Weather Modification

Posted in Weather Education at 8:01 am by Rebekah

Everybody talks about the weather but nobody does anything about it.” – Mark Twain

Depiction of cloud seeding. Courtesy of Wikipedia.

Monday’s post touched on why weather occurs and why storms are an integral part of earth’s never-ending balancing act. (See What If…We Could Prevent Storms From Occurring?)

The question remains, however, can we change the weather? Maybe we can’t or shouldn’t even try to prevent hurricanes and tornadoes from happening, but can we at least influence their strength and path?

The most common and well-known type of weather modification is cloud seeding. Cloud seeding involves spraying small particles (e.g., silver iodide) into the atmosphere, usually via airplane, in an effort to trigger cloud formation. Water vapor may then condense onto the particles, form clouds, and produce rain.

Cloud seeding has been experimented with in the U.S. (primarily in the Rockies), China, Russia, and a few other countries. Sometimes the goal is to cause rain in drought-prone areas, while at other times the goal is cause rain to fall in one area instead of another. During the Beijing Olympics of 2008, China used a form of cloud seeding to assist in preventing rain from falling (via shrinking rain drops).

While the idea of cloud seeding may seem great, there are a few problems with this method:

  • it is impossible to test the effectiveness of cloud seeding (how do we know it wouldn’t have rained there anyway?)
  • legal ramifications (what if you make it rain on someone else’s crop when they don’t want it to?)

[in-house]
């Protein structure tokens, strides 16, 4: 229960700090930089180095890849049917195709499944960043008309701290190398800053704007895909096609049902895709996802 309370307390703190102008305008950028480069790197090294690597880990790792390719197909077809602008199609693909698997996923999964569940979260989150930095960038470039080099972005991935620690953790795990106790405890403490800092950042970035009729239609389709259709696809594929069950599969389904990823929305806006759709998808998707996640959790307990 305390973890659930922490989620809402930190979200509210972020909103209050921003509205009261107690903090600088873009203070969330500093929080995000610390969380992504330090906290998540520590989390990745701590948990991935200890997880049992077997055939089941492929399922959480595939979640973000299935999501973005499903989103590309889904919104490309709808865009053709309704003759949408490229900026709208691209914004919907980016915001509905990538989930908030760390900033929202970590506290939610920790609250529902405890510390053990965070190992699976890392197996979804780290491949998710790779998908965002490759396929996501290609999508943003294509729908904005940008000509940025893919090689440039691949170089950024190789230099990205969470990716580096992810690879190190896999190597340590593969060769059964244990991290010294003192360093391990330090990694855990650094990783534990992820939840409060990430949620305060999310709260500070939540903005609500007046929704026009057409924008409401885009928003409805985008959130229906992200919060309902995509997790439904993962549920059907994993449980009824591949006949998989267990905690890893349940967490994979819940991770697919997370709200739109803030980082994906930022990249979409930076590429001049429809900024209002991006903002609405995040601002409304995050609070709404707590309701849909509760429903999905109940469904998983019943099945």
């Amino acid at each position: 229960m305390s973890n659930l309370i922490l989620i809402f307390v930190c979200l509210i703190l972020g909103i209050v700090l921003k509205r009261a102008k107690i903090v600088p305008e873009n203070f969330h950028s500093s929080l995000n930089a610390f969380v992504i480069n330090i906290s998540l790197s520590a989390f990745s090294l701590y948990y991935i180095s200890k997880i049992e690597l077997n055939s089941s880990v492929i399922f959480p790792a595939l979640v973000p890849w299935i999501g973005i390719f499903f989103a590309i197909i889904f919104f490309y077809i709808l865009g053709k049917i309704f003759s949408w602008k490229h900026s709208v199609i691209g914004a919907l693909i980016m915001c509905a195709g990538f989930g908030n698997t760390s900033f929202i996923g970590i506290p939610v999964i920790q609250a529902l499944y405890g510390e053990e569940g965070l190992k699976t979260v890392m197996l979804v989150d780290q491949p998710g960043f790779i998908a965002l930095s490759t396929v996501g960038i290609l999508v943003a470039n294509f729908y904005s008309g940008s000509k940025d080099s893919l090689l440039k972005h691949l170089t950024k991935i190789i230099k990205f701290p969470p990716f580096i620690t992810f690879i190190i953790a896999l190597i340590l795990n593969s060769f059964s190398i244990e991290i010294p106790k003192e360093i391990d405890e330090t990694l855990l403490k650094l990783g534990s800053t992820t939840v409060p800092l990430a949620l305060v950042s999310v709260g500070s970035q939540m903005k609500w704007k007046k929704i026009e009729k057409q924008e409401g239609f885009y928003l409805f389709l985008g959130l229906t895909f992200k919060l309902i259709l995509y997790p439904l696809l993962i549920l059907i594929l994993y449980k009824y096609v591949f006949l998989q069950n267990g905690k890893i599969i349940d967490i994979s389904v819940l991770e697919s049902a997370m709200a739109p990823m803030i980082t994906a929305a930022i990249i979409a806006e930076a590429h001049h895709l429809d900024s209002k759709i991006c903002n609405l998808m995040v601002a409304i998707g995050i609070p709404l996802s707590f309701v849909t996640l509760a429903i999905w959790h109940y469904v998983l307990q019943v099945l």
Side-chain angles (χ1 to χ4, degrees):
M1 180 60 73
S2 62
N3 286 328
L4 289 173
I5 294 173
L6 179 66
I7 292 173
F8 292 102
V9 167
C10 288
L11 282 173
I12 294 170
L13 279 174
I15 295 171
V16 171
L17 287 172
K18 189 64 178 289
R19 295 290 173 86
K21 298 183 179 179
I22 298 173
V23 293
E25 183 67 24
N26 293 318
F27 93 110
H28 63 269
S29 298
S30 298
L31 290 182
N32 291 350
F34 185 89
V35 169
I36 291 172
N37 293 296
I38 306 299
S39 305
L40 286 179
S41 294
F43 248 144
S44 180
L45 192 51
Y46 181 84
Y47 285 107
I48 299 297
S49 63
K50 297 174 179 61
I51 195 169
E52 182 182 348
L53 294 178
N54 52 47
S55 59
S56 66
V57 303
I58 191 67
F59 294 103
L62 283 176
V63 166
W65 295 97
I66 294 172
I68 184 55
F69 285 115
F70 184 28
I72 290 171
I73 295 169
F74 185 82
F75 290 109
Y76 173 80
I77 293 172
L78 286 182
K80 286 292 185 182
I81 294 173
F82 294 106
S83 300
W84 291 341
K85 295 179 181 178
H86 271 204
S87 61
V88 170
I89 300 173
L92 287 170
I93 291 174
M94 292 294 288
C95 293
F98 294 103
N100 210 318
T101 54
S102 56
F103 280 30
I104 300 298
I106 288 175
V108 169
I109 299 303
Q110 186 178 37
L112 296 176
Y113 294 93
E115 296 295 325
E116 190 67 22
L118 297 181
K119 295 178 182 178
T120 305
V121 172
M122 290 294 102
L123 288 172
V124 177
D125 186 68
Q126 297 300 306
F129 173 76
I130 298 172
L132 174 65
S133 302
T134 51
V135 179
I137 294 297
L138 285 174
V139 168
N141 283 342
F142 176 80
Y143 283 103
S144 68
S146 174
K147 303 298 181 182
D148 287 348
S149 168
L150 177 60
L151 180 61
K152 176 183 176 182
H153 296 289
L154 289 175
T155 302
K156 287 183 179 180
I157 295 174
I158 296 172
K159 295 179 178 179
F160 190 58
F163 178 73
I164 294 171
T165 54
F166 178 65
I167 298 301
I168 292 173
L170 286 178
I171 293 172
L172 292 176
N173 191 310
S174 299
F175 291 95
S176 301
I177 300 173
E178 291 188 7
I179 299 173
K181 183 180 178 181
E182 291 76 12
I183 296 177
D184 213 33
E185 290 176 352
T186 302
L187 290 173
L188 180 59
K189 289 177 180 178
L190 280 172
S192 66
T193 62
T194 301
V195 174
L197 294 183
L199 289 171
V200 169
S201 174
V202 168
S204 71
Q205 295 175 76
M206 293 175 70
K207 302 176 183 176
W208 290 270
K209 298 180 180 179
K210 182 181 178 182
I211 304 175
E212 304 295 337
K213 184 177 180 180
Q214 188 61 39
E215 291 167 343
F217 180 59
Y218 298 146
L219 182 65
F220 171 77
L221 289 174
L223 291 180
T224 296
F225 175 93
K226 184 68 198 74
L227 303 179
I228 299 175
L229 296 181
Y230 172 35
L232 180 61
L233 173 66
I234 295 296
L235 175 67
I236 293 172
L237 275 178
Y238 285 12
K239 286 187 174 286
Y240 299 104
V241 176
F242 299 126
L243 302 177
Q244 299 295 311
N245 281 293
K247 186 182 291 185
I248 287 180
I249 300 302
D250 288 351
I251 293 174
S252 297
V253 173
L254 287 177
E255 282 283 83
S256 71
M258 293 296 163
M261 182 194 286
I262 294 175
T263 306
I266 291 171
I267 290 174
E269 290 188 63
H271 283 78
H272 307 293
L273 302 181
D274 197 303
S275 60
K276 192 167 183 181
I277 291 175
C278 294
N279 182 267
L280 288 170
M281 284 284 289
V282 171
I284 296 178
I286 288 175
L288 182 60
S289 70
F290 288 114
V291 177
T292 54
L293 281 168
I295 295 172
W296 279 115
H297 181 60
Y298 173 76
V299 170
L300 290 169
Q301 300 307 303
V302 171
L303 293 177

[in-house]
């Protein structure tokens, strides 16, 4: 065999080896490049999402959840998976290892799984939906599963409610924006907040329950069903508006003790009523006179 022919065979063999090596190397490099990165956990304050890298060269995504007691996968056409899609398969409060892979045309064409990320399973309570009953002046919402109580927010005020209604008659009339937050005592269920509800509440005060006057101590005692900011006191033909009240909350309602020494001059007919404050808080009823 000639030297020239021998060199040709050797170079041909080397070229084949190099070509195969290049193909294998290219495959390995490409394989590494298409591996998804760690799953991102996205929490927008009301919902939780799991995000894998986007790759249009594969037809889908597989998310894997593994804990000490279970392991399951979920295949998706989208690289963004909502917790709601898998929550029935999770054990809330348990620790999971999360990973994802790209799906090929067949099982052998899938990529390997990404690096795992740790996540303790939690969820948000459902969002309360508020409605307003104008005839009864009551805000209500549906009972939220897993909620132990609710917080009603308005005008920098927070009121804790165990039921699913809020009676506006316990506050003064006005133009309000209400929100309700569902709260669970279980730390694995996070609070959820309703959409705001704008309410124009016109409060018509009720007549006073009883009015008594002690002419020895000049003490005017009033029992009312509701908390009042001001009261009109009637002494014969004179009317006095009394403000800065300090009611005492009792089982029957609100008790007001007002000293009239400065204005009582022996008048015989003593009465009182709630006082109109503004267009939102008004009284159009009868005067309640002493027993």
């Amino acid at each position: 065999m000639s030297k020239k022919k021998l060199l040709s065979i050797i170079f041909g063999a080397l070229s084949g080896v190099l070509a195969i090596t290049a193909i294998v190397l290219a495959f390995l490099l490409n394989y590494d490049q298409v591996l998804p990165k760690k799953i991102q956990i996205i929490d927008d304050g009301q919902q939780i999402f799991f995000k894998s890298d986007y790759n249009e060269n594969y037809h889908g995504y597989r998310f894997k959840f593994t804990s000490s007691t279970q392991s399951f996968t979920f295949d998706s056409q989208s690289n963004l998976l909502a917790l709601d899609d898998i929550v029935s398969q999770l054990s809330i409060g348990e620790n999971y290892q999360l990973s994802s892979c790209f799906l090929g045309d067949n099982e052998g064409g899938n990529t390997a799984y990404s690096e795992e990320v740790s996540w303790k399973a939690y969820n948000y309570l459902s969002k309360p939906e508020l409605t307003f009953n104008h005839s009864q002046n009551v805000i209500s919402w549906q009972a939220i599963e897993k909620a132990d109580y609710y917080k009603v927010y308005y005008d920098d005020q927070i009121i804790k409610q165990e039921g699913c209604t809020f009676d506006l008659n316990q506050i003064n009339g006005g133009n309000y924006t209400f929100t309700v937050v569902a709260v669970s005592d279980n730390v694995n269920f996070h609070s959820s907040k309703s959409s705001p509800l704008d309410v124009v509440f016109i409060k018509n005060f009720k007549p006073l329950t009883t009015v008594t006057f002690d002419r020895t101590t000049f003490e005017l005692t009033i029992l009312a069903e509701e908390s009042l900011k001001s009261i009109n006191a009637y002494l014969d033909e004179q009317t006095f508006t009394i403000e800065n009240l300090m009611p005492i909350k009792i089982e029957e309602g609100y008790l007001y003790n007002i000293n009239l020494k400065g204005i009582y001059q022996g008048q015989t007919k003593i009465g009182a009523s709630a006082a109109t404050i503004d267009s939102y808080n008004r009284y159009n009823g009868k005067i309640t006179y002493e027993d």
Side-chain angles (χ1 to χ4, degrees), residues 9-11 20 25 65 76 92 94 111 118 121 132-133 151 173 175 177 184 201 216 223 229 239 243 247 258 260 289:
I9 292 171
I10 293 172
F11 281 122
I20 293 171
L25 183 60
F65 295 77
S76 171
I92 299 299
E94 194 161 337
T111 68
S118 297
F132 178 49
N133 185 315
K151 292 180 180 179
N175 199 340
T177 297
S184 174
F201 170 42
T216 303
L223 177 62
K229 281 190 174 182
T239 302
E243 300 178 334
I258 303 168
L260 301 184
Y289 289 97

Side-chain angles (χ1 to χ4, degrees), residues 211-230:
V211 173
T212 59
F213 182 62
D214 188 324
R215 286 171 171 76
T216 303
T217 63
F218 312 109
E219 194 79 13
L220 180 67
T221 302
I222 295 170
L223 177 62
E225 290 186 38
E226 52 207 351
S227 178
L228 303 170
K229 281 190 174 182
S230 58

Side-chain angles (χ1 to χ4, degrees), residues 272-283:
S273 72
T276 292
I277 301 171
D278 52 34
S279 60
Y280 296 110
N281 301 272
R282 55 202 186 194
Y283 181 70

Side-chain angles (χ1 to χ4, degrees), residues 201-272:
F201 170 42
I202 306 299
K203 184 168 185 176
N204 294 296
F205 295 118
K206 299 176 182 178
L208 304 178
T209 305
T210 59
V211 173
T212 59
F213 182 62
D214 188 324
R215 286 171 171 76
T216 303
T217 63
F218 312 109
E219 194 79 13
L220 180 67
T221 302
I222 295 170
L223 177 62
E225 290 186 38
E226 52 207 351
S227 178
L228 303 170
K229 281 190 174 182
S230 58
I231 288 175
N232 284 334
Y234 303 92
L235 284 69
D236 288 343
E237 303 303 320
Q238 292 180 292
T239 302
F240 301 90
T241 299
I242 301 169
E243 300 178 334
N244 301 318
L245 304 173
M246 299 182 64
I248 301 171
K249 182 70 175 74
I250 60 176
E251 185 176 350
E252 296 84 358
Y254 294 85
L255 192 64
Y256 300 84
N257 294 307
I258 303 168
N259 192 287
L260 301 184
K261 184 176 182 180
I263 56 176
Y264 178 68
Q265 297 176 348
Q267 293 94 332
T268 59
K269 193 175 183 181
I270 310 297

• it is impossible to generate water through cloud seeding (it only works to the extent that there is already water vapor in the air)

Nevertheless, I find cloud seeding to be an intriguing, if not controversial, form of weather modification.

Another type of weather modification involves the weakening of tropical cyclones by seeding the eyewall with silver iodide. This method was experimented with in the 60s and 70s, with little success.

Hurricane Isabel from the ISS. Courtesy of Wikipedia.

Other proposed ways to modify hurricanes include the use of barges with upward-pointing jet engines to trigger smaller storms to disrupt the progress of a hurricane (though this was never tested, as many believed the jets would not be strong enough to make any difference) and the pouring of environmentally-friendly oils on the ocean surface to prevent evaporation and cloud formation (this, too, was later discounted as ineffective).

Some scientists believe there may be a possibility of controlling weather in the future from space. One idea is the heating of large hurricanes at certain critical points, in an effort to steer the cyclones a bit.

Finally, as with cloud seeding, weather modification in general could have the following problems:

  • Effectiveness (most proposed methods have been shown to have little to no effect on the weather)
  • Legal issues
  • Unintended side effects (weather is chaotic and may not always respond the way you think)
  • Damage to existing ecosystems (see Monday’s post…we may need storms and certain weather to maintain good living conditions for people, animals, and plants)
  • Health risks
  • Use as a weapon

In the meantime, the best we can probably hope for is to warn people of certain weather events ahead of time and to educate people on what they should do to protect life and property when dangerous storms do occur.

So what are your thoughts on weather modification? Should we attempt it? Why or why not?

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